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Rating low levels of ambient noise in performing arts facilities

01 Jan 2013-

AbstractPrevious studies have indicated that common indoor noise rating metrics, such as Noise Criteria NC and Room Criteria RC, do not best correlate to human perceptions of annoyance and distraction in typical office environments. Based on investigations conducted at the University of Nebraska using noise levels between 30 – 60 dBA, the author has proposed that an effective indoor noise rating method should begin with a rating of level (either dBA or sones), then an assessment of spectral quality, tones, and fluctuations. How well would such a system work at very low levels of ambient noise, though, as found in performing arts facilities? This paper compares and discusses the performance of assorted indoor noise rating metrics, calculated from background noise level data measured in existing performing arts facilities.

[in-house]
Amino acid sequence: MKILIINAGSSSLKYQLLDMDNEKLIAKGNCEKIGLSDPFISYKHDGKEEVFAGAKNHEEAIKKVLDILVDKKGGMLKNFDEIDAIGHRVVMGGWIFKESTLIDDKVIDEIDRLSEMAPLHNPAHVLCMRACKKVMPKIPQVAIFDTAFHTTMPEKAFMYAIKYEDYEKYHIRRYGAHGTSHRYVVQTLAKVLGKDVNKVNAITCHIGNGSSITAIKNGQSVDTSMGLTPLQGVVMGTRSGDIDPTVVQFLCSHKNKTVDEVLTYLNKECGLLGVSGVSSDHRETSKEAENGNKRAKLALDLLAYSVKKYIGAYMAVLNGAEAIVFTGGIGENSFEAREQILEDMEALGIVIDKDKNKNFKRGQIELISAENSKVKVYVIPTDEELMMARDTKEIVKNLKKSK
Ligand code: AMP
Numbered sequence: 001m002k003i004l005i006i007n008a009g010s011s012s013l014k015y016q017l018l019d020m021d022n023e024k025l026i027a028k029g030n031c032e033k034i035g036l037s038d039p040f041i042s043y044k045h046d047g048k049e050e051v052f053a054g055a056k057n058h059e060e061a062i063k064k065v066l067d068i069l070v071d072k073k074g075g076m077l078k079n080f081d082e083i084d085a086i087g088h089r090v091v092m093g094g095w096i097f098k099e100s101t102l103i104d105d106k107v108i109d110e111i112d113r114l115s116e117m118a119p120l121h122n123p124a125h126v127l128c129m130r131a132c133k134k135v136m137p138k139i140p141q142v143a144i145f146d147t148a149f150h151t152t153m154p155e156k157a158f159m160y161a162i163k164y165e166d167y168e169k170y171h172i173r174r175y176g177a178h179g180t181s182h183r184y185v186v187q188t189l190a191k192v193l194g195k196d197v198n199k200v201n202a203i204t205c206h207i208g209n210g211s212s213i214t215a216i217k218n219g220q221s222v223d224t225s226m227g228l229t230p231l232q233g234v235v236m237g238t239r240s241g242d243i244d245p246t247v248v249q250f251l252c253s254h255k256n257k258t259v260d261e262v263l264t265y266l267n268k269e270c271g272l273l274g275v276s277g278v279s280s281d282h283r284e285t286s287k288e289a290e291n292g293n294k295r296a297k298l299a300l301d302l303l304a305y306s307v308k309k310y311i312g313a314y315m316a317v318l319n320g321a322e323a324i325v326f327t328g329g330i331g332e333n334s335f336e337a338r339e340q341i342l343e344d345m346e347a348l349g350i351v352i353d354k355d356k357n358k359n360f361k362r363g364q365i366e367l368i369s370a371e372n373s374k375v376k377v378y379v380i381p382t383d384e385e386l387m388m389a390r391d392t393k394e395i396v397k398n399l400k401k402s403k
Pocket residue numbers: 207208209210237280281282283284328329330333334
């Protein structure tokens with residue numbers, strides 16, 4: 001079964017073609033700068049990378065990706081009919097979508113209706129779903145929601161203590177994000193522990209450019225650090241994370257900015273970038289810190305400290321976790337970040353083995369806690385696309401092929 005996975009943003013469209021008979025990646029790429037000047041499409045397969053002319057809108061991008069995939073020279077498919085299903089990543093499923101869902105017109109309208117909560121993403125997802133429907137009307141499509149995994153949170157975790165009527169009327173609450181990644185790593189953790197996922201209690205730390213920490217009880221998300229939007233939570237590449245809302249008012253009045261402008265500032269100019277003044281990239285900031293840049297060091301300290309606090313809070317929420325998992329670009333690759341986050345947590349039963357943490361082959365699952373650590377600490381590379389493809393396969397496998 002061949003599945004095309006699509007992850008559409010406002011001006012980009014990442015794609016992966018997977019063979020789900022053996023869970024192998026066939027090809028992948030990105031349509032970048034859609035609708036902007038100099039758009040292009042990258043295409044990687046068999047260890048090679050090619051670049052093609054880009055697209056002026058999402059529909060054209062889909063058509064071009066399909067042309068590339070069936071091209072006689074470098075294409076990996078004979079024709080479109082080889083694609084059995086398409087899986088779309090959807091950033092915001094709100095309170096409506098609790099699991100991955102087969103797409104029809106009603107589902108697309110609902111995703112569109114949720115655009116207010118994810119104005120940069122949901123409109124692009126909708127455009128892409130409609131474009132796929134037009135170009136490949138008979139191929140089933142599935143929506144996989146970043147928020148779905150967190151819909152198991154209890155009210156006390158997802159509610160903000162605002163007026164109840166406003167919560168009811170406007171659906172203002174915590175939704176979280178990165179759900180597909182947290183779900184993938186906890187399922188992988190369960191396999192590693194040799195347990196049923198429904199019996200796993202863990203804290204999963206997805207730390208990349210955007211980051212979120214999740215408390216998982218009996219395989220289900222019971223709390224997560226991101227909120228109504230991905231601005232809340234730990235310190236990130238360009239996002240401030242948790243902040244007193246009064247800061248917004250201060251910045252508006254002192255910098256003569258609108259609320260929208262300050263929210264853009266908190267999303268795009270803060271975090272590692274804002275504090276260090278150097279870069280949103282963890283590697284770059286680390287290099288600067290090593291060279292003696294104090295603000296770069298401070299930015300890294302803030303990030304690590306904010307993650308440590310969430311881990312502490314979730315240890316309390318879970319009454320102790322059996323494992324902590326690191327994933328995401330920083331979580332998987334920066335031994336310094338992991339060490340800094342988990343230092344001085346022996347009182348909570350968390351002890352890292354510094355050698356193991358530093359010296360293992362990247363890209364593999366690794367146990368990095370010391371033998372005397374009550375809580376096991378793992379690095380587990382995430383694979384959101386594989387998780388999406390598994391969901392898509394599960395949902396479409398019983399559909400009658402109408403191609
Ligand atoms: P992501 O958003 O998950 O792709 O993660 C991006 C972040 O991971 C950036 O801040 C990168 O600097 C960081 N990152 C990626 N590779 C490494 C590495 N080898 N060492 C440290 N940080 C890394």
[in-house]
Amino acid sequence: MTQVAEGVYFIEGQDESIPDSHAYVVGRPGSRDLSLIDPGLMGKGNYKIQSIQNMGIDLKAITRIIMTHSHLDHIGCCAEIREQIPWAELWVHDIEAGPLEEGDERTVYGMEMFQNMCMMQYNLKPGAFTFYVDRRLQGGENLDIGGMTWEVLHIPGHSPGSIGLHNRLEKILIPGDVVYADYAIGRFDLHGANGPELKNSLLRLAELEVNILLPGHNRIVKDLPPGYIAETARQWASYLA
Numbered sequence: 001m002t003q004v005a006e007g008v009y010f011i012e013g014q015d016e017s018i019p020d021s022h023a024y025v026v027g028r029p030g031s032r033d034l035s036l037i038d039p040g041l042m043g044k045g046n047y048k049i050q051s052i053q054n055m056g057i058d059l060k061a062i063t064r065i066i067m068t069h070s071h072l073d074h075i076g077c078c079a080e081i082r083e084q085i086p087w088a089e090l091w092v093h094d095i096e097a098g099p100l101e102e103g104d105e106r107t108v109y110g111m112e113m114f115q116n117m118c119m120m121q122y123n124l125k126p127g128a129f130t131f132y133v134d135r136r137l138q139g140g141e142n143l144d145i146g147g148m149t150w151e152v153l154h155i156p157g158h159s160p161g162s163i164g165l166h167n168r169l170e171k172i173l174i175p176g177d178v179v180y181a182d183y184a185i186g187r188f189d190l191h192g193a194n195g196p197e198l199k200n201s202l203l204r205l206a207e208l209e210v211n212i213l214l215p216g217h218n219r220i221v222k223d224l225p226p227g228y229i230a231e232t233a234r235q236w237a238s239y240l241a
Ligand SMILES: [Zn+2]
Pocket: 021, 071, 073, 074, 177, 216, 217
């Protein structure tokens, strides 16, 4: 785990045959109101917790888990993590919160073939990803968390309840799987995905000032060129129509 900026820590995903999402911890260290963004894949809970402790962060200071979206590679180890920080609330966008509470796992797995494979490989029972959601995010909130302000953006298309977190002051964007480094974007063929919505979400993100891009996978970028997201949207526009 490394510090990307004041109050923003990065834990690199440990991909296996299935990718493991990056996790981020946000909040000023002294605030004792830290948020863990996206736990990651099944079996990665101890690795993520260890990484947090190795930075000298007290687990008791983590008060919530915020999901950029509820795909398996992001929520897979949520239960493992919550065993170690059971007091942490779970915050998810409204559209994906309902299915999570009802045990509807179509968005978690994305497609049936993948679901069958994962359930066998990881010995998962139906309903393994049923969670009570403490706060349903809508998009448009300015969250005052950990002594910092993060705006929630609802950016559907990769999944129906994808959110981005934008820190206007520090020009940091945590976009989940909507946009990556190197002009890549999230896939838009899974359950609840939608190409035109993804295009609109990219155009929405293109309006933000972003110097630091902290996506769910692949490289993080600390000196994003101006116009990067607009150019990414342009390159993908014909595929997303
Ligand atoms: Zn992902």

Topics: Ambient noise level (60%), Noise (59%) more

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Abstract: In 1997, the parent of a child with a hearing loss petitioned the U.S. Access Board to include guidelines for classroom acoustics in the accessibility guidelines the Board maintains under the ADA. The Board agreed that poor listening conditions in schools could be a barrier to the education of children with hearing impairments and other disabilities and arranged to collaborate with ASA and other stakeholders on an acoustical standard for classrooms. The Board will submit the completed standard to the International Codes Council for reference in the International Building Code adopted by many states and local jurisdictions, making it enforceable through the local permitting and inspections process. Reference in the ADA Accessibility Guidelines may follow in its next review cycle in 2005. Individualized Education Plans (IEPs) required under IDEA (Individuals with Disabilities Education Act) may also reference the new standard.

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Journal ArticleDOI
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